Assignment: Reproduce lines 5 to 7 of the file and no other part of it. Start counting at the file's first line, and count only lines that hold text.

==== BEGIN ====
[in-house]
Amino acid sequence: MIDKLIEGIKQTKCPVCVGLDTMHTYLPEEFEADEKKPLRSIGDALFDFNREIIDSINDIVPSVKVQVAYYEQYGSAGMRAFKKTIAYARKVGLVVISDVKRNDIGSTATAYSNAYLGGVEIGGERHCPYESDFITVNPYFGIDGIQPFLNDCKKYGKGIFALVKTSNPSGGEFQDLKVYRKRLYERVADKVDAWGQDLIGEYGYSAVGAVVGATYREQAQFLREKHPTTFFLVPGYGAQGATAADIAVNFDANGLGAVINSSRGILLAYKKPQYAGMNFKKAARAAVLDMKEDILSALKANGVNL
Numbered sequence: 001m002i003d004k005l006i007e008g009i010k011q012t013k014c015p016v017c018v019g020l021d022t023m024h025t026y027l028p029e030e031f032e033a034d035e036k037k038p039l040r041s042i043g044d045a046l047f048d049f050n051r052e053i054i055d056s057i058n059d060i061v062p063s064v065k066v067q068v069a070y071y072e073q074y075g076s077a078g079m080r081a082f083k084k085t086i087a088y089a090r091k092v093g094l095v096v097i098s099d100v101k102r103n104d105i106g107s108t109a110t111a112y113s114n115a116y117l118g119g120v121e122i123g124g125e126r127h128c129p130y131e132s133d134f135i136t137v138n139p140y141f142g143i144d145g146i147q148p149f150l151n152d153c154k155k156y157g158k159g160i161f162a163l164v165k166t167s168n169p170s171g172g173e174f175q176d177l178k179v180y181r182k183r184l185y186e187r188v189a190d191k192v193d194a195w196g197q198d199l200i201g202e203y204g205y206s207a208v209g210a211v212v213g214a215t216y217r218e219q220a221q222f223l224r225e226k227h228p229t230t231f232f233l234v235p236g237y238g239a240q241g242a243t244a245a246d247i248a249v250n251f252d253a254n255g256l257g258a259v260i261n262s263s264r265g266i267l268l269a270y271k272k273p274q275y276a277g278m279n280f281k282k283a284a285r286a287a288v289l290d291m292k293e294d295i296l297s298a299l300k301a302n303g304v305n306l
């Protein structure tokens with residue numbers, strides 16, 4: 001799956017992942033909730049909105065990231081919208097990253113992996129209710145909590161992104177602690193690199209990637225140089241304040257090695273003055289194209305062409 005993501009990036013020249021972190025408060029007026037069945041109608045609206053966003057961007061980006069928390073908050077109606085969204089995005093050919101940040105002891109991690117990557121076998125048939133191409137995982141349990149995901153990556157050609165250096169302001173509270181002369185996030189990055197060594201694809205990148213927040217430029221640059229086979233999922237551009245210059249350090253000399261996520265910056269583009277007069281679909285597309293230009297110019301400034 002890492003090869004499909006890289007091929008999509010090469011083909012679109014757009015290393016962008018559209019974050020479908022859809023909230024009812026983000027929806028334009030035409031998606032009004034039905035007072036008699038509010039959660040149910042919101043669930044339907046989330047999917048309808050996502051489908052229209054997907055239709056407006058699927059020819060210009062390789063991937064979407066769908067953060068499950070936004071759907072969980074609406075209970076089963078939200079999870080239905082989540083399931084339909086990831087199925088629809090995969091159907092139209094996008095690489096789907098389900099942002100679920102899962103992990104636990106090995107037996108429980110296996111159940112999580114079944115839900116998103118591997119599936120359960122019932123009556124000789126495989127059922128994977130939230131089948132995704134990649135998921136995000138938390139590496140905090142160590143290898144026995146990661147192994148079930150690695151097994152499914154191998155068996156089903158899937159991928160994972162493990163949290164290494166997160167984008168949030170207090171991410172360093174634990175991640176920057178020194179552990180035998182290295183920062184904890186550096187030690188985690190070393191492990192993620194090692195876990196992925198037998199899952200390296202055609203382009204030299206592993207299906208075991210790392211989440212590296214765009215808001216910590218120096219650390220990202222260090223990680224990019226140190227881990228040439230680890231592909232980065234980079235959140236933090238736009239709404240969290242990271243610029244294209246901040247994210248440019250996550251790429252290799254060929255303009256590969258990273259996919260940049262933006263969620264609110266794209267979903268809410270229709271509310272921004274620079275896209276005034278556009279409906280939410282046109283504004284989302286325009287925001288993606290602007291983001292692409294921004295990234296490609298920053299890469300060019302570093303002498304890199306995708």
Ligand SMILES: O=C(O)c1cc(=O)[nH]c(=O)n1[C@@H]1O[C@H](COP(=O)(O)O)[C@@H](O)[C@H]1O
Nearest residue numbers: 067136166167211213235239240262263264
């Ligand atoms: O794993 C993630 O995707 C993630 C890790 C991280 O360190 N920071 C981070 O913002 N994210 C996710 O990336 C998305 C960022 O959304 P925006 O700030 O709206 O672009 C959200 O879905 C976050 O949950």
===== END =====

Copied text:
Ligand SMILES: O=C(O)c1cc(=O)[nH]c(=O)n1[C@@H]1O[C@H](COP(=O)(O)O)[C@@H](O)[C@H]1O
Nearest residue numbers: 067136166167211213235239240262263264
């Ligand atoms: O794993 C993630 O995707 C993630 C890790 C991280 O360190 N920071 C981070 O913002 N994210 C996710 O990336 C998305 C960022 O959304 P925006 O700030 O709206 O672009 C959200 O879905 C976050 O949950």